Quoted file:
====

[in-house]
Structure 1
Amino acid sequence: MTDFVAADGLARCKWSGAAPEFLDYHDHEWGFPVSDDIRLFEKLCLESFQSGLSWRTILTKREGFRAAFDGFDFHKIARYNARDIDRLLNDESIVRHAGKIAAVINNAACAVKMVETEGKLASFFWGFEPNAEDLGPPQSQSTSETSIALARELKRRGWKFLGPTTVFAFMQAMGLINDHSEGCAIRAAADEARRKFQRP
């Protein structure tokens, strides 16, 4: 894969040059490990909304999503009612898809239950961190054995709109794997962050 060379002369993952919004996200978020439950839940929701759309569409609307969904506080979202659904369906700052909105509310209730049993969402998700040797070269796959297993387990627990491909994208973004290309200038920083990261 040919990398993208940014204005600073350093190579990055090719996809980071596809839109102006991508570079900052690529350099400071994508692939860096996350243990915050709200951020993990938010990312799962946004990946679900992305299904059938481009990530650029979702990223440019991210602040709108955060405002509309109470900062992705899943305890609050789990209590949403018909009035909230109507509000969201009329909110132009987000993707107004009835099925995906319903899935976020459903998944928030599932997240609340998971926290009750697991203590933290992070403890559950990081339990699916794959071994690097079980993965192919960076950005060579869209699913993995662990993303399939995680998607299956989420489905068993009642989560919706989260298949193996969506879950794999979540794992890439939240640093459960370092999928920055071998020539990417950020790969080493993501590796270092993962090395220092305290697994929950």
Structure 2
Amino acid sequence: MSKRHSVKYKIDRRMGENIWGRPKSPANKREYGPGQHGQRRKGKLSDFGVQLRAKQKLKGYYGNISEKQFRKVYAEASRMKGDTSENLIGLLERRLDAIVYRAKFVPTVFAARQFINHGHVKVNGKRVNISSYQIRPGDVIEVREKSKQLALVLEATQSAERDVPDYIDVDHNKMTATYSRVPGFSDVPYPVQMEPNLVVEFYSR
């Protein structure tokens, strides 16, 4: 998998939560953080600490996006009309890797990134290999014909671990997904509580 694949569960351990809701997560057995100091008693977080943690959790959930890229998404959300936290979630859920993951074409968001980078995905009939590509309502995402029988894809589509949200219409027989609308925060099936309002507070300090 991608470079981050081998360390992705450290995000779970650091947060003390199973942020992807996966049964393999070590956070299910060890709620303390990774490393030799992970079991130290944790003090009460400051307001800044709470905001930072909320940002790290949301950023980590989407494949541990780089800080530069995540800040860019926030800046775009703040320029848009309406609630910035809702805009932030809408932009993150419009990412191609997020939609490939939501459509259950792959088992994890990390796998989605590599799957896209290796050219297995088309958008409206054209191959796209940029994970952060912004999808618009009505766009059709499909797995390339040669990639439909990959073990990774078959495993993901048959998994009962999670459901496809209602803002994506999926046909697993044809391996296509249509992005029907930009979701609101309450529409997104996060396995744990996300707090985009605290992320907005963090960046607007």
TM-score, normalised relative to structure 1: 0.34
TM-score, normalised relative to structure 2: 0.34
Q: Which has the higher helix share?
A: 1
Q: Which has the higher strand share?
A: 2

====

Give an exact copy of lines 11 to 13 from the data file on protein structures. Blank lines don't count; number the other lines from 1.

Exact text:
A: 1
Q: Which has the higher strand share?
A: 2